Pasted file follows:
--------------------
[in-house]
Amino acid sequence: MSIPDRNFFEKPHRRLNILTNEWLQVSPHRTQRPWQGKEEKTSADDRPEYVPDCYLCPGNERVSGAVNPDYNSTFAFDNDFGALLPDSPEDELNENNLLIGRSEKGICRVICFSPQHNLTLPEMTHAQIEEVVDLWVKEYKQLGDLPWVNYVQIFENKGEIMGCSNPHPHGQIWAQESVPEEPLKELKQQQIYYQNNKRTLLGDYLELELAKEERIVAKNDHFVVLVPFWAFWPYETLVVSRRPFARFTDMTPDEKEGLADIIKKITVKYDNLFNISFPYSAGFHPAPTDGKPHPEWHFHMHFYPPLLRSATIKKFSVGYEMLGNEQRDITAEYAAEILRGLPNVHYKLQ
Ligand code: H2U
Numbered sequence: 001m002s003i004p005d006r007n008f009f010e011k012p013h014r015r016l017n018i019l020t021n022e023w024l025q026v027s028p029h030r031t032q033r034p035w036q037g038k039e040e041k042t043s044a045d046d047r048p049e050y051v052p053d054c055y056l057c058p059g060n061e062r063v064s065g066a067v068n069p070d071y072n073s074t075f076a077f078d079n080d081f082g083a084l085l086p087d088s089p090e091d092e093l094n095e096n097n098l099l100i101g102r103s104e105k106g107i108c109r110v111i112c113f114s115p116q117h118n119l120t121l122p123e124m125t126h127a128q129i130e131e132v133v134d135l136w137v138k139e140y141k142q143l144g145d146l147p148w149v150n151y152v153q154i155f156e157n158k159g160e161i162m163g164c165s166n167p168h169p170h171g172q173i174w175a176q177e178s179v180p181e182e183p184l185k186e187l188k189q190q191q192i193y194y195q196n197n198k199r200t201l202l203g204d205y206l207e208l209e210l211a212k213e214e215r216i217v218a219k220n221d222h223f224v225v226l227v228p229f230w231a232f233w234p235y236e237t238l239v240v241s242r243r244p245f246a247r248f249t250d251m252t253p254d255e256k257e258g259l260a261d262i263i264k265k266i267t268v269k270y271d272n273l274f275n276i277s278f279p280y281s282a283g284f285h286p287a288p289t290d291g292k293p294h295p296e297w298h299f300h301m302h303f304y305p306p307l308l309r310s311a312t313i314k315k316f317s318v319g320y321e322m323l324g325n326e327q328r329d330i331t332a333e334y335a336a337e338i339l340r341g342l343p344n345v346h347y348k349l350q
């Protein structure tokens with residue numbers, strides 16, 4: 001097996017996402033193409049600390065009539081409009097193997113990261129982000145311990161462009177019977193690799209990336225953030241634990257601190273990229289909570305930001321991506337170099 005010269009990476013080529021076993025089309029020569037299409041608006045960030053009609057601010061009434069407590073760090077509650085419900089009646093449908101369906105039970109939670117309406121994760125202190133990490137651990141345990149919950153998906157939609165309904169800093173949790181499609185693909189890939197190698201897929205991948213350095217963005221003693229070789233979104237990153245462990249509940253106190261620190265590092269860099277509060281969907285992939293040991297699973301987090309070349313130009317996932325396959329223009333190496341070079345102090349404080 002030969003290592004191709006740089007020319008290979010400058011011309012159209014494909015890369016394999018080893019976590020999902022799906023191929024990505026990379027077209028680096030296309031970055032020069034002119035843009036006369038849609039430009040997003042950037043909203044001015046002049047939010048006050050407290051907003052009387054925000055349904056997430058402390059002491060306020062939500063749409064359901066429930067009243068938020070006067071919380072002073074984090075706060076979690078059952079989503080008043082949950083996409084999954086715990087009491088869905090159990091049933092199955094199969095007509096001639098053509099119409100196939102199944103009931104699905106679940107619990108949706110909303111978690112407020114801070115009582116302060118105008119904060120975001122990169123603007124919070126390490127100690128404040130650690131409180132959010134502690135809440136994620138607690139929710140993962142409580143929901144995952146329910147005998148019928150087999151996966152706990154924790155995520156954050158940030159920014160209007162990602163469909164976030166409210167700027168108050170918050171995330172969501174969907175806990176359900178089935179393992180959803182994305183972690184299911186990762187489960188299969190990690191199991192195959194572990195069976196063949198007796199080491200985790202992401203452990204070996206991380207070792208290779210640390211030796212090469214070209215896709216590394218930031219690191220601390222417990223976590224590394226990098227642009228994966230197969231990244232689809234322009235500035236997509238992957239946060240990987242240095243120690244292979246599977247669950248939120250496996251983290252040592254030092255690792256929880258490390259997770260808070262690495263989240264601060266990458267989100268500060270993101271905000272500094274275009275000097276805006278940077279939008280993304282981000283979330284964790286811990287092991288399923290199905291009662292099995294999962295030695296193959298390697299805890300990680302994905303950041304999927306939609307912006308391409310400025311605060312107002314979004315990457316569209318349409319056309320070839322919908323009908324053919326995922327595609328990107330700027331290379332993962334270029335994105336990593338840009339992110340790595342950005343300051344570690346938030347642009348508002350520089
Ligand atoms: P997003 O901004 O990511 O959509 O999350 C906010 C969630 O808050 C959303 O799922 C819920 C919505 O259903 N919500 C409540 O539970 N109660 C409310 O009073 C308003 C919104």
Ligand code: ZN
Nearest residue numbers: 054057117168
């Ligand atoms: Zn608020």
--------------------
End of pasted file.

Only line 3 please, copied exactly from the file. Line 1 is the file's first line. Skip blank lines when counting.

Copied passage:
Ligand code: H2U